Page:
Saturn's moon Prometheus, seen here looking suspiciously blade-like, is captured near some of its sculpting in the F ring.
Prometheus' (53 miles or 86 kilometers across) orbit sometimes takes it into the F ring. When it enters the ring, it leaves a gore where its gravitational influence clears out some of the smaller ring particles. Below Prometheus, the dark lanes interior to the F ring’s bright core provide examples of previous ring-moon interactions.
This view looks toward the unilluminated side of the rings from about 7 degrees below the ringplane. The image was taken in visible light with the Cassini spacecraft narrow-angle camera on March 15, 2015.
The view was obtained at a distance of approximately 286,000 miles (461,000 kilometers) from Saturn and at a Sun-Saturn-spacecraft, or phase, angle of 115 degrees. Image scale is 2 miles (3 kilometers) per pixel.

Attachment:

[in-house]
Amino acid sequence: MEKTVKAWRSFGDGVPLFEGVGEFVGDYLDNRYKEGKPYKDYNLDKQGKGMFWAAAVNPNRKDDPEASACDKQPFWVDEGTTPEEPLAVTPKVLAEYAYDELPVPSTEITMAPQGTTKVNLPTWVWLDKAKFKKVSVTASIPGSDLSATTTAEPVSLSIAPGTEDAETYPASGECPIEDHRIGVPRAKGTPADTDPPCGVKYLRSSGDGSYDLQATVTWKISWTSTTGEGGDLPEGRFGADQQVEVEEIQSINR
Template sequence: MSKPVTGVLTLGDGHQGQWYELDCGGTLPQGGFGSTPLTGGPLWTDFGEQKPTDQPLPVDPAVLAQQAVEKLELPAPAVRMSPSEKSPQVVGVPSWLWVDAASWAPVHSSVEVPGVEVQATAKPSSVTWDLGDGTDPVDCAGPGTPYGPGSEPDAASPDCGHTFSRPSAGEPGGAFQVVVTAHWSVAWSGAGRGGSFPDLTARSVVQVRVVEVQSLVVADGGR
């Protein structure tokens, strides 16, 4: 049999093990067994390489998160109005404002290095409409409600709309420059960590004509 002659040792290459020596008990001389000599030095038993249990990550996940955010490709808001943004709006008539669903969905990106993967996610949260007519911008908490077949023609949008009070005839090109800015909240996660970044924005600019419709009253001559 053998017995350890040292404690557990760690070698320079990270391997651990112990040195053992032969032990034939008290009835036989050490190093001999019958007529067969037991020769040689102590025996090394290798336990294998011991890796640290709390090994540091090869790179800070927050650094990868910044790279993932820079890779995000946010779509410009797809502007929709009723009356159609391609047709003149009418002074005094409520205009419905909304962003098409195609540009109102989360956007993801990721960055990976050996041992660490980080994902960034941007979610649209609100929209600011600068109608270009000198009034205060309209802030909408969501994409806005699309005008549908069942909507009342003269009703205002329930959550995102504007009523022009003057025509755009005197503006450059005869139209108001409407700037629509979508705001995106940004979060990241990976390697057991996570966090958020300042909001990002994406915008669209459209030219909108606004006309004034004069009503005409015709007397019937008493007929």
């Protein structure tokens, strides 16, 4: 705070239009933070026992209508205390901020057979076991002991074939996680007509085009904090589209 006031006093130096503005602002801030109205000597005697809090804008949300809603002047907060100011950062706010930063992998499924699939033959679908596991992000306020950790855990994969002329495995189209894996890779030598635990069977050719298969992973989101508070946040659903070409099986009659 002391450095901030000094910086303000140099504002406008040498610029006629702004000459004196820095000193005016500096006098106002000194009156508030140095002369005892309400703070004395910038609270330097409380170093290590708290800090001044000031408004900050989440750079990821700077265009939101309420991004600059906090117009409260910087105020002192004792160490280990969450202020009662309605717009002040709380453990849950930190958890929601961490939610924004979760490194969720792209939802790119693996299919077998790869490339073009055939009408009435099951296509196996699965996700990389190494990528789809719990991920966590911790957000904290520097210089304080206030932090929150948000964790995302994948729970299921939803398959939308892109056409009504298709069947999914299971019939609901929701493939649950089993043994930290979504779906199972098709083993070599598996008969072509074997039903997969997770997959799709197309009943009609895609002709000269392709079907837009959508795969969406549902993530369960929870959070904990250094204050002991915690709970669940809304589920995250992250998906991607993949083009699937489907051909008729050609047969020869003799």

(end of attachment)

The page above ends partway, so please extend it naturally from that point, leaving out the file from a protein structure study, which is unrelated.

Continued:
The Cassini Solstice Mission is a joint United States and European endeavor. The Jet Propulsion Laboratory, a division of the California Institute of Technology in Pasadena, manages the mission for NASA's Science Mission Directorate, Washington, D.C. The Cassini orbiter was designed, developed and assembled at JPL. The imaging team consists of scientists from the US, England, France, and Germany. The imaging operations center and team lead (Dr. C. Porco) are based at the Space Science Institute in Boulder, Colo.